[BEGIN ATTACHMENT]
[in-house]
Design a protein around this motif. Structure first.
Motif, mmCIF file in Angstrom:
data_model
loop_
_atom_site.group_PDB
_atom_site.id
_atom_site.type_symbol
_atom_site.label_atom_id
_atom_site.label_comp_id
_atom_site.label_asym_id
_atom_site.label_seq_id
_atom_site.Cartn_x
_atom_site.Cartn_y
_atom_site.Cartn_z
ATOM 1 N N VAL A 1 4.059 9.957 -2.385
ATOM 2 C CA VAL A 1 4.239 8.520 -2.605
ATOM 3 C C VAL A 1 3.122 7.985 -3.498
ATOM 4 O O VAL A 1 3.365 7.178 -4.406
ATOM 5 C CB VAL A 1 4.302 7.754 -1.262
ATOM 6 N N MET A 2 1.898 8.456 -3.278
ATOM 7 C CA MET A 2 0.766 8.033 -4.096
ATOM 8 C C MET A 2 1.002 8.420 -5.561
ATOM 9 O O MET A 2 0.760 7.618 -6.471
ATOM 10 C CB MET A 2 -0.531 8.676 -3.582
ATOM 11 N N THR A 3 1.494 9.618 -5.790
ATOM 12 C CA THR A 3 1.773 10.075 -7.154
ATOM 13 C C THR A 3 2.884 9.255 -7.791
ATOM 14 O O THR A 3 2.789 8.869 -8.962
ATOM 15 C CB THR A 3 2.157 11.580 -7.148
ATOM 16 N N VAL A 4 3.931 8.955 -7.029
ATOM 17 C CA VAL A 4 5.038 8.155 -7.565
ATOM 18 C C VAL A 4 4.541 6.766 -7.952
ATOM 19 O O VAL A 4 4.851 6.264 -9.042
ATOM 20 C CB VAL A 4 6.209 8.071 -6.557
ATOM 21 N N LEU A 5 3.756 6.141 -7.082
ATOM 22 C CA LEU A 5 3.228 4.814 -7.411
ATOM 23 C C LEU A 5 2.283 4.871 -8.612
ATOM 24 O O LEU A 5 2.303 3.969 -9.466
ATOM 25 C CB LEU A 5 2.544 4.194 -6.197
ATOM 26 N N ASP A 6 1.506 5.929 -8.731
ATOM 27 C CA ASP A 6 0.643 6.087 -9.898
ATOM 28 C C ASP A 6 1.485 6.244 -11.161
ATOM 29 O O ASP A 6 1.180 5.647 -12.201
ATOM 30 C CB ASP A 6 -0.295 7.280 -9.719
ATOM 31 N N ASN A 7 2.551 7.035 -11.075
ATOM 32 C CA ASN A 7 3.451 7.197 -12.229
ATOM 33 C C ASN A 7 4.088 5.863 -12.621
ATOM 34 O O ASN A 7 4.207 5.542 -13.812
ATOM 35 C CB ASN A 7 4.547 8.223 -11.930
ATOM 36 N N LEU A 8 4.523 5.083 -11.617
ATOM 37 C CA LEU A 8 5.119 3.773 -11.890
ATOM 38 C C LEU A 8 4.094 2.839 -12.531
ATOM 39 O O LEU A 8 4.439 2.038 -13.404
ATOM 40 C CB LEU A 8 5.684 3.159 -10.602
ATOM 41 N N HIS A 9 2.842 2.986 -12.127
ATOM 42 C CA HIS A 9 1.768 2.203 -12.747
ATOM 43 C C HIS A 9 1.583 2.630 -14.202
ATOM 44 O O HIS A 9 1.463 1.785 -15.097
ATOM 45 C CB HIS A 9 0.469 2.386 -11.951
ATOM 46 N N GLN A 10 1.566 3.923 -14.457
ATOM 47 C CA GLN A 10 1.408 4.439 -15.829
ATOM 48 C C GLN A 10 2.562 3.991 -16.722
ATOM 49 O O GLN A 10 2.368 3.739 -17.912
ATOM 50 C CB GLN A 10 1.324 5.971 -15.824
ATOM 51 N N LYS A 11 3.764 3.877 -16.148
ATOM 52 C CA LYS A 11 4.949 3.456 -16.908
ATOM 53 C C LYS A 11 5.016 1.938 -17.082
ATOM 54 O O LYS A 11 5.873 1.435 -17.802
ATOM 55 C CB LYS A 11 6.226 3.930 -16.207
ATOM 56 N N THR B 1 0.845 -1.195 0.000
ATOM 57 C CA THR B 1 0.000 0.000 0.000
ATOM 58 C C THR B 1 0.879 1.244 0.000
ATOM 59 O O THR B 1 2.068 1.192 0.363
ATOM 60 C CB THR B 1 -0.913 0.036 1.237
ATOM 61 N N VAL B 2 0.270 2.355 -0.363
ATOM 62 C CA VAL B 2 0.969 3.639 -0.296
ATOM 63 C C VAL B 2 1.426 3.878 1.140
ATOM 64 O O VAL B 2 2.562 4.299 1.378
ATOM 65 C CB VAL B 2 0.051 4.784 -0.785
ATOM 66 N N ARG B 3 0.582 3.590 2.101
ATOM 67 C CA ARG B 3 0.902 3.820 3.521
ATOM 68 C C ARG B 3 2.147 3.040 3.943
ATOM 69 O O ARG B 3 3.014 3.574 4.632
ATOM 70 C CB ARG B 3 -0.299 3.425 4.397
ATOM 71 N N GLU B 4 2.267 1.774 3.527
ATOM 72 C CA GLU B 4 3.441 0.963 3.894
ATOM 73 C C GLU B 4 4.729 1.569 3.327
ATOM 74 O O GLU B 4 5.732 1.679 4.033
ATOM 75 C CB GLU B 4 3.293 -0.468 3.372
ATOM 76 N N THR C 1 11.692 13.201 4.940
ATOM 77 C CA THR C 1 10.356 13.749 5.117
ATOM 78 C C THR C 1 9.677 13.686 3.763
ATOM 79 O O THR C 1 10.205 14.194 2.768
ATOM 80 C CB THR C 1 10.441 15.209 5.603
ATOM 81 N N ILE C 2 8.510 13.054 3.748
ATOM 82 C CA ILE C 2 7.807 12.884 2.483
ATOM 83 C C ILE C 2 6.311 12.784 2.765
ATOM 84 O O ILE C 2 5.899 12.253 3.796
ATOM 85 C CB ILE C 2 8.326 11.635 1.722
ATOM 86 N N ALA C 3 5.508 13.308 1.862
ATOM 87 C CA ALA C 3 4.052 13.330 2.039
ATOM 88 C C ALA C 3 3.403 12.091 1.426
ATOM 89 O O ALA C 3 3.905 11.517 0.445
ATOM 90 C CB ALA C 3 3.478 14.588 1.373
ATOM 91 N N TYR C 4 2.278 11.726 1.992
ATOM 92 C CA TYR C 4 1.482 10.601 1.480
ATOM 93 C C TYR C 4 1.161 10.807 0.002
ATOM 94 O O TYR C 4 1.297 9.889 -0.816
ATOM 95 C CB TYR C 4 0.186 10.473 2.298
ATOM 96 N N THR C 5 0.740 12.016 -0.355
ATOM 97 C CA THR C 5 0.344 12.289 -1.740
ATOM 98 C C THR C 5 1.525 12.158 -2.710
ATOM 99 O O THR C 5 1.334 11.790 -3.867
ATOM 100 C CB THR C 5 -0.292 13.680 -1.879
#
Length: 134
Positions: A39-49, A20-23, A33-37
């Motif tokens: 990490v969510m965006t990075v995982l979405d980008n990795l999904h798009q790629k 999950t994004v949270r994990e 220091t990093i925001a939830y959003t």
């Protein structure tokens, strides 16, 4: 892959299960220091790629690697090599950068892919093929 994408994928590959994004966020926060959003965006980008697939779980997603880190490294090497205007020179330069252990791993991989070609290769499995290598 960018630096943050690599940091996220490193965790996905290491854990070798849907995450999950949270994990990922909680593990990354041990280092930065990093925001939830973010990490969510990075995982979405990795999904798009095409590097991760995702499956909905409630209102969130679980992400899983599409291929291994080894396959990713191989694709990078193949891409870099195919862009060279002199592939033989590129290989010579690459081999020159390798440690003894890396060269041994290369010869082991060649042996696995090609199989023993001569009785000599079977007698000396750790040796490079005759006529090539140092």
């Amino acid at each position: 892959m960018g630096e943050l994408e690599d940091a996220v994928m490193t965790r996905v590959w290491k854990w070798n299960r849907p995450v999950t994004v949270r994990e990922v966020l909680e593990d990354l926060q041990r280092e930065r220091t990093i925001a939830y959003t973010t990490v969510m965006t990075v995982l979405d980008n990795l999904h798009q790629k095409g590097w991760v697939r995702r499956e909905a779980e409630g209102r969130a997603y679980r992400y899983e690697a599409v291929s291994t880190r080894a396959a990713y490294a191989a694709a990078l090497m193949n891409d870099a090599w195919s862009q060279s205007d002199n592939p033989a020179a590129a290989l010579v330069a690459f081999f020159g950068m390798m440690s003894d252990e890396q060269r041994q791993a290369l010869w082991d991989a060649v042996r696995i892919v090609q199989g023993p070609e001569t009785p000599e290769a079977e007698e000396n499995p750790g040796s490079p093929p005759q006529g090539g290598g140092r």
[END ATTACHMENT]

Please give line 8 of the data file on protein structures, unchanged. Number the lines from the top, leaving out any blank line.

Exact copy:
_atom_site.type_symbol